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The Biden Administration’s National COVID-19 Strategy Is a 180 From Trump’s

Following promises to approach the coronavirus pandemic that has left more than 400,000 Americans dead in just under a year (and the current daily death toll in the thousands) the President Joe Biden shared the first glimpse of his “full-scale wartime effort” on the federal level to get the virus under control. The 200-page plan, released on the Whitehouse website on Thursday details strategies from public health best practices and plans for producing and allocating resources for testing and vaccination to guidelines for potentially re-opening various parts of American communities within the next year. 

“In the following pages, you will find my Administration’s national strategy to beat the COVID-19 pandemic. It is a comprehensive plan that starts with restoring public trust and mounting an aggressive, safe, and effective vaccination campaign. It continues with the steps we know that stop the spread liked expanded masking, testing, and social distancing,” Biden wrote in a note introducing the plan. “It’s a plan where the federal government works with states, cities, Tribal communities, and private industry to increase supply and administer testing and the vaccines that will help reopen schools and businesses safely. Equity will also be central to our strategy so that the communities and people being disproportionately infected and killed by the pandemic receive the care they need and deserve. Our national strategy will be driven by scientists and public health experts who will regularly speak directly to you, free from political interference as they make decisions strictly on science and public health alone.”

In the plan, the seven goals outlined include “restoring trust with the American people; mounting a safe, effective and comprehensive vaccination campaign, mitigating spread through expanding masking, testing, data, treatments, health care workforce, and clear public health standard; immediately expanding emergency relief and exercise the Defense Production Act, Safely reopen schools, businesses and travel while protecting workers; protect those most at risk and advance equity, including across racial, ethnic and rural/urban lines and restore U.S. leadership globally and build better preparedness for future threats.” 

Data-Driven, Science-first Policy

We got a first glimpse at the science-first philosophy of the new administration (outlined thoroughly in the education campaigns for masking, vaccinations and other public health precautions) on Thursday when Dr. Anthony Fauci took to the White House briefing room podium to share that the United States would once again rejoin the World Health Organization (WHO). He also added that the new administration would prioritize scientific accuracy and transparency to attempt to curb the pandemic that has become “historic in a very bad sense.”

The idea that you can get up here and talk about what you know, what the evidence — what the science is, and know that’s it, let the science speak, it is somewhat of a liberating feeling,” Fauci said. “…One of the things that was very clear as recently as about 15 minutes ago, when I was with the President, is that one of the things that we’re going to do is to be completely transparent, open and honest. If things go wrong, not point fingers but to correct them. And to make everything we do be based on science and evidence. That was literally a conversation I had 15 minutes ago with the President.”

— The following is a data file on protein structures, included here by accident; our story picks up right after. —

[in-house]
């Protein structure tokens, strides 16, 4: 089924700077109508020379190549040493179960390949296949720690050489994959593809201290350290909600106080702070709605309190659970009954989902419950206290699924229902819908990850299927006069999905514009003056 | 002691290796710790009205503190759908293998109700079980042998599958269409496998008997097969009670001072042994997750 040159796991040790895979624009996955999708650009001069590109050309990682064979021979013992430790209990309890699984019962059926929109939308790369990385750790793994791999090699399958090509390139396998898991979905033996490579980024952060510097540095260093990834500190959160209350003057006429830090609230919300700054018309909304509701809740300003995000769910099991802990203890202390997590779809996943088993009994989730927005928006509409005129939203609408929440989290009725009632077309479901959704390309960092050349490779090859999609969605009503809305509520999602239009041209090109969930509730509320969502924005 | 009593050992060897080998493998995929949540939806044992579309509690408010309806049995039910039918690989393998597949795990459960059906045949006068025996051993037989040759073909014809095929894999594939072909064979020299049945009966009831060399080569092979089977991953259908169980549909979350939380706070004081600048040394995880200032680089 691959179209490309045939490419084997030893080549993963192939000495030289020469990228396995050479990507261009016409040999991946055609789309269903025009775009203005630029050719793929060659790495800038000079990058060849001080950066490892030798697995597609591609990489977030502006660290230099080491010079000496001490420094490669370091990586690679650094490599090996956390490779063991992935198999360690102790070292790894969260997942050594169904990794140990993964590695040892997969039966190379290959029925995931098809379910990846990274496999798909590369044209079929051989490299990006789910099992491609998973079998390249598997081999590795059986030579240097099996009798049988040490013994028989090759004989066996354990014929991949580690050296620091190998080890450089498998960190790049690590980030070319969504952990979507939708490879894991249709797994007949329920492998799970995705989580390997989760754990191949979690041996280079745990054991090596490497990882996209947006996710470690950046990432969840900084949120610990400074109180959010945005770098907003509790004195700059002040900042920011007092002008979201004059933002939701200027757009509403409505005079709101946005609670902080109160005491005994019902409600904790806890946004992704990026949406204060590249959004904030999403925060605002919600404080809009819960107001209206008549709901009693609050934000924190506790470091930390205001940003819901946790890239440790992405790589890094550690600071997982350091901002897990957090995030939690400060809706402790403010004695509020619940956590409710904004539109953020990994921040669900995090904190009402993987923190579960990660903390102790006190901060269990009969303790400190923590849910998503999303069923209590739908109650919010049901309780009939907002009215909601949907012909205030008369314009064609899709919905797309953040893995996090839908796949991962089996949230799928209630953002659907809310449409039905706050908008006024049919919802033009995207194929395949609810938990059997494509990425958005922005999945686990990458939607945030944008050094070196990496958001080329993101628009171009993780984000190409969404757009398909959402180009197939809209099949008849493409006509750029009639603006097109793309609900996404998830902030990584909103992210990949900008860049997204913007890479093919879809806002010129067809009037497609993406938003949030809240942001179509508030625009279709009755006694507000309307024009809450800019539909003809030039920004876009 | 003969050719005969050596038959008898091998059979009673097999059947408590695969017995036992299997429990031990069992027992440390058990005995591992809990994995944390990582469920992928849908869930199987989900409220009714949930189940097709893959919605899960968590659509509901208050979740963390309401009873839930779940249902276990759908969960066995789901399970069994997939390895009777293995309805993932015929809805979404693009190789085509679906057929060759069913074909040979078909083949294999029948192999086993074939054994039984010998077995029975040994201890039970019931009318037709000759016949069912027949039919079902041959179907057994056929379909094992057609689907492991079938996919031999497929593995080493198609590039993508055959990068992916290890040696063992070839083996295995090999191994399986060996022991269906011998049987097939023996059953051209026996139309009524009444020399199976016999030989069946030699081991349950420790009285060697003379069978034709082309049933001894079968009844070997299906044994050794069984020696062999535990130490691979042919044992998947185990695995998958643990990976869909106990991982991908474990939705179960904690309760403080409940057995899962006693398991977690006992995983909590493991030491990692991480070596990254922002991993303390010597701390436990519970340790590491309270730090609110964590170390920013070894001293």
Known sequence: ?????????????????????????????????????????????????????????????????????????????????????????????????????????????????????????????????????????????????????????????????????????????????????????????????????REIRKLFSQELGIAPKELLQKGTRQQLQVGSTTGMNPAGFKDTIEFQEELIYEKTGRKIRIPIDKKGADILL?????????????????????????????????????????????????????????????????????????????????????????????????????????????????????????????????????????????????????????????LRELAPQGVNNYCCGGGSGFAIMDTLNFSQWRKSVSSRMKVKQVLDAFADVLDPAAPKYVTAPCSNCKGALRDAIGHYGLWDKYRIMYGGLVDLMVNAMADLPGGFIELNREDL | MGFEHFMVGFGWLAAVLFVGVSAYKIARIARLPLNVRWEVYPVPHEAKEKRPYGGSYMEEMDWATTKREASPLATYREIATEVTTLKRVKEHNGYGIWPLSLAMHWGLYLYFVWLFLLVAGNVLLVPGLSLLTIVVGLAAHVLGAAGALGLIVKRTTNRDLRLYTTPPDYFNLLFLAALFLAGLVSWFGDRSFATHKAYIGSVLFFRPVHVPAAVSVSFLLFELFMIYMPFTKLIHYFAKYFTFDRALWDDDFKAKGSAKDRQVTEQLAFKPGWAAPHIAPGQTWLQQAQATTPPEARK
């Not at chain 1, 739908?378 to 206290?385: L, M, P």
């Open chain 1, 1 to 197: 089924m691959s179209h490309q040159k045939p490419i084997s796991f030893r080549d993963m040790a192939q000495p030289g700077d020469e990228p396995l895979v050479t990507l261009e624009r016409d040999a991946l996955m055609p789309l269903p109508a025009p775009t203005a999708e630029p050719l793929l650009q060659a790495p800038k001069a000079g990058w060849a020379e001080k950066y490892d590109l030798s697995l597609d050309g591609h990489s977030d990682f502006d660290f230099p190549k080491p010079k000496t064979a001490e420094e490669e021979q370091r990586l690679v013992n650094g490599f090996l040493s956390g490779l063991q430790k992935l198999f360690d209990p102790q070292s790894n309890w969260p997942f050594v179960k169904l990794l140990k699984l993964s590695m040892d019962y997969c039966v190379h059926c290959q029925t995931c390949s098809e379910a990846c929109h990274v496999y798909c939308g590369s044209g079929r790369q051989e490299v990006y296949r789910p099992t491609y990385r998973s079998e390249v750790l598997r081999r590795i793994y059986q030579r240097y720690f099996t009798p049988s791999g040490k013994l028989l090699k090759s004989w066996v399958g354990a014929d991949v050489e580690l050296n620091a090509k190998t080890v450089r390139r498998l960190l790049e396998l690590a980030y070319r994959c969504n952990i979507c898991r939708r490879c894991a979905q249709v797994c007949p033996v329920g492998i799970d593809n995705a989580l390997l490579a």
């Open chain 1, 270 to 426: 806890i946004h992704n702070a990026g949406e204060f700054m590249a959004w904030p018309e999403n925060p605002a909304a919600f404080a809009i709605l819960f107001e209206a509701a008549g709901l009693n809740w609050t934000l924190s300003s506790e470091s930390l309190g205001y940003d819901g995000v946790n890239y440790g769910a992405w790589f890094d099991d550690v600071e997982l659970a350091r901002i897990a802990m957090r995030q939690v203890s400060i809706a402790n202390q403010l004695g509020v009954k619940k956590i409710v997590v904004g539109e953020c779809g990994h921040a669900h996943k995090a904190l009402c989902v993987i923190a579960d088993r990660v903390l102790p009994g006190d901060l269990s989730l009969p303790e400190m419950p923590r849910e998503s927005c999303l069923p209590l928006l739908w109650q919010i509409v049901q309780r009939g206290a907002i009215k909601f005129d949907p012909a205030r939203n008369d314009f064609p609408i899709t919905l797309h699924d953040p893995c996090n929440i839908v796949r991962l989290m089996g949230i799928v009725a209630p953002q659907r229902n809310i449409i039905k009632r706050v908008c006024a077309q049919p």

A ‘Wartime’ Strategy

In addition to the educational efforts, Biden also outlined his plans for addressing the necessary resources required to enact his plan — particularly how to expedite making the necessary Personal Protection Equipment (PPE), vaccination and testing supplies. 

In one of his earliest executive orders, Biden called for an analysis of any supply chain shortfalls in supplies needed to combat the pandemic and encouraged agencies to take “appropriate action using all available legal authorities, including the Defense Production Act (DPA), to fill those shortfalls as soon as practicable by acquiring additional stockpiles.”

The Trump administration had previously invoked the DPA in April 2020, per Council on Foreign Relations, to “crack down on hoarding, limit exports of medical goods, and increase production of critical supplies,” but it’s anticipated that the Biden administration’s approach will be more robust.” 

‘We Are Still In A Dark Winter’ 

As he closed out his note, Biden states that the pandemic (as exhausting and draining and traumatizing as it has been) is far from over — and that it’ll take a collective, community effort to see each other through to the other side: “The honest truth is we are still in a dark winter of this pandemic. It will get worse before it gets better. Progress will take time to measure as people getting infected today don’t show up in case counts for weeks, and those who perish from the disease die weeks after exposure. Even as we make progress, we will face setbacks. But I know we can do it, and that a true national strategy will take all of us working together. It will take Congress providing the necessary funding. Families and neighbors will need to continue looking out for one another. We will need health care providers, businesses, civic, religious and civil rights organizations, and unions all rallying together in common purpose and with urgency, purpose, and resolve. We will need to reassert America’s leadership in the world in the fight against this and future public health threats.”

Since we’ll still be masking up for the forseeable future, this kids face mask gallery is a good place to start shopping:

kids face masks

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